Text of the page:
March 13, 2012

NLRB’s posting requirement upheld – but weakened – by federal judge

Posted in National Labor Relations Act, Posting & Notice Requirements, Posting Requrements tagged , , , , , , , , , , , , at 9:05 am by Tom Jacobson

A federal judge has ruled that part of the new poster requirement imposed by the National Labor Relations Board is valid, but other parts of the rule go too far.  As noted in my previous articles (A post about posters – new workplace posting requirement imposed by NLRBNLRB’s posting requirement delayed, and NLRB’s posting requirement delayed again), the posting requirement goes into effect on April 30, 2012, and it will require nearly all private-sector employers to post a notice informing employees of their rights under the National Labor Relations Act. The notice can be downloaded from the NLRB’s website.

The National Association of Manufacturers has challenged the requirement in a lawsuit brought against the NLRB in the United States District Court for the District of Columbia. In a 46 page opinion issued on March 2, 2012 Judge Amy Berman Jackson ruled that the posting requirement itself is lawful.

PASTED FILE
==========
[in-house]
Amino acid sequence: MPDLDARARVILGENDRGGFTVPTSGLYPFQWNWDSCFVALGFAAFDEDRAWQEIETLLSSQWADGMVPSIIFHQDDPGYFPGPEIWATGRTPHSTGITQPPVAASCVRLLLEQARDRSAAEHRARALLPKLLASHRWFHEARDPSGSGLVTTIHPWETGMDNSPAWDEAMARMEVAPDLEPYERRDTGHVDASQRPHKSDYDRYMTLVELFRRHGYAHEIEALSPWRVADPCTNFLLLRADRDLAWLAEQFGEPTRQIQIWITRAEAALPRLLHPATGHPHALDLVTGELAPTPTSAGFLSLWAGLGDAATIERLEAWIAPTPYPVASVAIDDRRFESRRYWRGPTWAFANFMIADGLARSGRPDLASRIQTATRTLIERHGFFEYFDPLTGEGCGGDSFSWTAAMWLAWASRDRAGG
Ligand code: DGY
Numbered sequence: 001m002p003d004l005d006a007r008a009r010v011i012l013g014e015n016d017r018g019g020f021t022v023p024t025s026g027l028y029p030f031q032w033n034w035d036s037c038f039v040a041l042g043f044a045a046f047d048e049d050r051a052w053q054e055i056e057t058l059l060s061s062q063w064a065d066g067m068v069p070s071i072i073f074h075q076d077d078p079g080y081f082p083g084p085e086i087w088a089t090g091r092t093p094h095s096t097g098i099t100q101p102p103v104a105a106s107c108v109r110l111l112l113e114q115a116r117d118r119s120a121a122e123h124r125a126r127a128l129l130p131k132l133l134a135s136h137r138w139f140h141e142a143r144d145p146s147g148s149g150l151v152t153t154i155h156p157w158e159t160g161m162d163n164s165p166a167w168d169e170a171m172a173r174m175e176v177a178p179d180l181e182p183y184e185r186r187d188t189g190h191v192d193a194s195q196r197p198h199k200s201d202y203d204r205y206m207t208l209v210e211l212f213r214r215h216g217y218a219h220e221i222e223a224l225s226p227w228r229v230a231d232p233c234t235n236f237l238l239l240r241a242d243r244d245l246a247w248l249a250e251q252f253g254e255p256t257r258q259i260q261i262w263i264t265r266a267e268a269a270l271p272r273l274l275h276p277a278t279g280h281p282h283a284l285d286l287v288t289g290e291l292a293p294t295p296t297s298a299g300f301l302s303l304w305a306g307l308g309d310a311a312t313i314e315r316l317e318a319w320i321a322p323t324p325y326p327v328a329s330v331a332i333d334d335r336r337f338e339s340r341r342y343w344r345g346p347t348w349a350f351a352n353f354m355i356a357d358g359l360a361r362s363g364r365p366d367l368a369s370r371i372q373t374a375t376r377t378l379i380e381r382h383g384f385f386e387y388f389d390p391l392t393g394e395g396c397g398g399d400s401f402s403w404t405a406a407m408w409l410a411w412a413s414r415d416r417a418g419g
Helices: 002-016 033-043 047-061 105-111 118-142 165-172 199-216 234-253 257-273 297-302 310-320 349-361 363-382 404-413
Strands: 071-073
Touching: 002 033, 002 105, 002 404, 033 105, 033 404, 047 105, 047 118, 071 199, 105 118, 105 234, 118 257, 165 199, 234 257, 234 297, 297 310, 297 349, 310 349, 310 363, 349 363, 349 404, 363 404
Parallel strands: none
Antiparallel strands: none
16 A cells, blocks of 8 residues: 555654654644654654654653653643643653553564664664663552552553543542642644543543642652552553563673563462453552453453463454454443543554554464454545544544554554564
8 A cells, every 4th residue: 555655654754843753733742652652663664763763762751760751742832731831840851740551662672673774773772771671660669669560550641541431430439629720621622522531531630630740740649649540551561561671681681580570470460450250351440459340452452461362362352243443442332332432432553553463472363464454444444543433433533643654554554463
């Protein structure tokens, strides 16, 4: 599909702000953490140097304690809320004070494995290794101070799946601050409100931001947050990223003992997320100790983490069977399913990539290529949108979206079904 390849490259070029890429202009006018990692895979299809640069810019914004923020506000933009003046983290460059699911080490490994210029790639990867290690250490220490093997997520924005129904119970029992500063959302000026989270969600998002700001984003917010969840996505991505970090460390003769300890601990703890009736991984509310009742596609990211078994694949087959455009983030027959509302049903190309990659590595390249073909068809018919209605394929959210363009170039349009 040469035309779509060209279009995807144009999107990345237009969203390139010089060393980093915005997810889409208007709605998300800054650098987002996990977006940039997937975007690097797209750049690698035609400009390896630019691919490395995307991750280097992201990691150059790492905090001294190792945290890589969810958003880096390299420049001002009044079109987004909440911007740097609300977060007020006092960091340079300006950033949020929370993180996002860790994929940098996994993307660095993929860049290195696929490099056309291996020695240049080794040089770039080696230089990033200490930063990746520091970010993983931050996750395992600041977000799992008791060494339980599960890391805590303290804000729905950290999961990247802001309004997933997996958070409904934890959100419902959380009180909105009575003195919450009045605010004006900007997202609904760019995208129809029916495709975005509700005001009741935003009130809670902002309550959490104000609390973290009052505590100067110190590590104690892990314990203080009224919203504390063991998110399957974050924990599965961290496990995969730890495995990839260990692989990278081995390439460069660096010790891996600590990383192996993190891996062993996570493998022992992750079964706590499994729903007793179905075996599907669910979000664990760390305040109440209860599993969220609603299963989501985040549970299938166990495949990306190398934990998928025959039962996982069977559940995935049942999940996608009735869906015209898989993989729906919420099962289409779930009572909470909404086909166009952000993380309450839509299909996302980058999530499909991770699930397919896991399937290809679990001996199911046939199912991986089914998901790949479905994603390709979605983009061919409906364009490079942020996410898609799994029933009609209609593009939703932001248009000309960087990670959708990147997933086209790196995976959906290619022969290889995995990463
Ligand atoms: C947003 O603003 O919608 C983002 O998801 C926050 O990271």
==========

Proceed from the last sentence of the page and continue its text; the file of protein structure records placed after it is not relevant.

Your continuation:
However, Judge Berman Jackson also concluded that other parts of the NLRB’s rule went too far. Specifically, she ordered that the NLRB exceeded its authority when it tried to make any failure to post the notice an unfair labor practice (ULP). She also concluded that the NLRB’s rule went too far by tolling the statute of limitations (that is, extending the time for taking legal action) in any future ULP action involving a job site where the notice was not posted.

What you need to know: Unless is it completely overturned in court, withdrawn by the NLRB, or stopped by congressional action, this posting requirement will go into effect on April 30, 2012. Even though Judge Berman Jackson has weakened the requirement by declaring that “the Board cannot make a blanket advance determination that a failure to post will always constitute an unfair labor practice,” the NLRB can still make the case that a failure to post is a ULP if the NLRB can “make a specific finding based on the facts and circumstances in the individual case before it that the failure to post interfered with the employee’s exercise of his or her rights.” To reduce that risk, post the notice.

For more information about this issue, please contact me at

The comments posted in this blog are for general informational purposes only. They are not to be considered as legal advice, and they do not establish an attorney-client relationship. For legal advice regarding your specific situation, please consult your attorney.

Copyright 2012 Swenson Lervick Syverson Trosvig Jacobson Schultz, PA


1 Comment »

  1. […] was issued in the National Association of Manufacturers lawsuit I noted in my previous article, NLRB’s Posting Requirement Upheld – but Weakened – by Federal Judge.  For more information about the appellate court’s injunction, see NLRB Union Poster Rule […]

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